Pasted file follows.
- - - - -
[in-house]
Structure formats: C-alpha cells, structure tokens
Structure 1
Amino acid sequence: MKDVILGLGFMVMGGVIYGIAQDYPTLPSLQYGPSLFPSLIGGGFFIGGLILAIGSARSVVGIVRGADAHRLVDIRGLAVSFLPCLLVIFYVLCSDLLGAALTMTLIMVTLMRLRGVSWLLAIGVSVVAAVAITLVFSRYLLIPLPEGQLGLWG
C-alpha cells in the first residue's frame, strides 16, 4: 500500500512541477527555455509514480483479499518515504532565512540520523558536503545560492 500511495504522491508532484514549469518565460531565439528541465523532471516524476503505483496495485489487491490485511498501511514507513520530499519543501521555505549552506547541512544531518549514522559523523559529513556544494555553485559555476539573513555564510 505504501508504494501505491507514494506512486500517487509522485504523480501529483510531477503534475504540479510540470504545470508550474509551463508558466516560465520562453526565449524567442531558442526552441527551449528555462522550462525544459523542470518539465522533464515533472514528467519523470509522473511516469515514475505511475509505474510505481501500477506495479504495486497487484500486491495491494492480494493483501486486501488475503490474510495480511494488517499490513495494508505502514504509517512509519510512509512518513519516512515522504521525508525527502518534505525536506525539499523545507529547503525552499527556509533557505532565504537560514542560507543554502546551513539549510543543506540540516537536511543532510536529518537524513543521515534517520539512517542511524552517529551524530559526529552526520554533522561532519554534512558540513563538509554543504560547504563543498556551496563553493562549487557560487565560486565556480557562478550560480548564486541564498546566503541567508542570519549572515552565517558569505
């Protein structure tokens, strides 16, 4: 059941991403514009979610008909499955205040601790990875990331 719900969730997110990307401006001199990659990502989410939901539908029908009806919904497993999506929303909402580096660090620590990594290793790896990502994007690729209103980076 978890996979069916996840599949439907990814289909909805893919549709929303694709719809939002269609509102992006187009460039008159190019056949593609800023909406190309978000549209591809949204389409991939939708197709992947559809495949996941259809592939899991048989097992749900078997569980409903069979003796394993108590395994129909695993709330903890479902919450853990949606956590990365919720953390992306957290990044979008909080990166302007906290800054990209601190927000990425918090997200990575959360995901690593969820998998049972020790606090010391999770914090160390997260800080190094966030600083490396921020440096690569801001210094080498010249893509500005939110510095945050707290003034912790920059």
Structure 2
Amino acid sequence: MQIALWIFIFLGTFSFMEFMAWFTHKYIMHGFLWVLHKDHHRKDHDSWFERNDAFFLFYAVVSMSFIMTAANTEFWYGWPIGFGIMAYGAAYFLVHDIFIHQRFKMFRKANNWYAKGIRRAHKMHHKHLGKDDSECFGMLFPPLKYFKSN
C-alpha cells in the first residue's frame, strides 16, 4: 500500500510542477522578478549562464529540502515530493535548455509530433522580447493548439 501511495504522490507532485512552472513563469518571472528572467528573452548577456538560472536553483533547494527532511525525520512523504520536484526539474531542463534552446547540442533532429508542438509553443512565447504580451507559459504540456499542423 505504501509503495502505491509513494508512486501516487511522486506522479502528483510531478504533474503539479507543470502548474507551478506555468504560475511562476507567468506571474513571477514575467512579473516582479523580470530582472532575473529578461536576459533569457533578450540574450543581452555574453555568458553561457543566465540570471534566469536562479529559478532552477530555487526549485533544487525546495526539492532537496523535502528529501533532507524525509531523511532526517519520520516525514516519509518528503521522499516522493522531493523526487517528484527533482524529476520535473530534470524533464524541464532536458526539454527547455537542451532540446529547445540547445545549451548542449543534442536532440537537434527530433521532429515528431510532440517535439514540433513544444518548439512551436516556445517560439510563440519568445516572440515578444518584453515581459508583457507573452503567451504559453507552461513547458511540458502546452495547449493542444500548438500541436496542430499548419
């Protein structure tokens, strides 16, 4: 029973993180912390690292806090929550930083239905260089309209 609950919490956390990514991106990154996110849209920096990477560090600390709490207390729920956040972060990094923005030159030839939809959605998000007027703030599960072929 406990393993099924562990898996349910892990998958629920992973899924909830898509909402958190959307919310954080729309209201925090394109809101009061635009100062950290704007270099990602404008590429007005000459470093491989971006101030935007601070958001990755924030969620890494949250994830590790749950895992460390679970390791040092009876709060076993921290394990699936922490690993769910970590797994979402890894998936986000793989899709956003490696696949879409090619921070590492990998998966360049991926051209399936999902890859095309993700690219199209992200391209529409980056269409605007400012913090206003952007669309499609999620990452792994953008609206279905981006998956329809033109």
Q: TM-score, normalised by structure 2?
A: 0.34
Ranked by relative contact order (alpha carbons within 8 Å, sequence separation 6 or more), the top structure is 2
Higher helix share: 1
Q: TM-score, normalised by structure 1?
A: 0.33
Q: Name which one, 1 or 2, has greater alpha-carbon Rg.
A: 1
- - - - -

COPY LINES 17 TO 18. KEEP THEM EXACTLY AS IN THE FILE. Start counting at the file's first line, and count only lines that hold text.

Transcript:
Q: Name which one, 1 or 2, has greater alpha-carbon Rg.
A: 1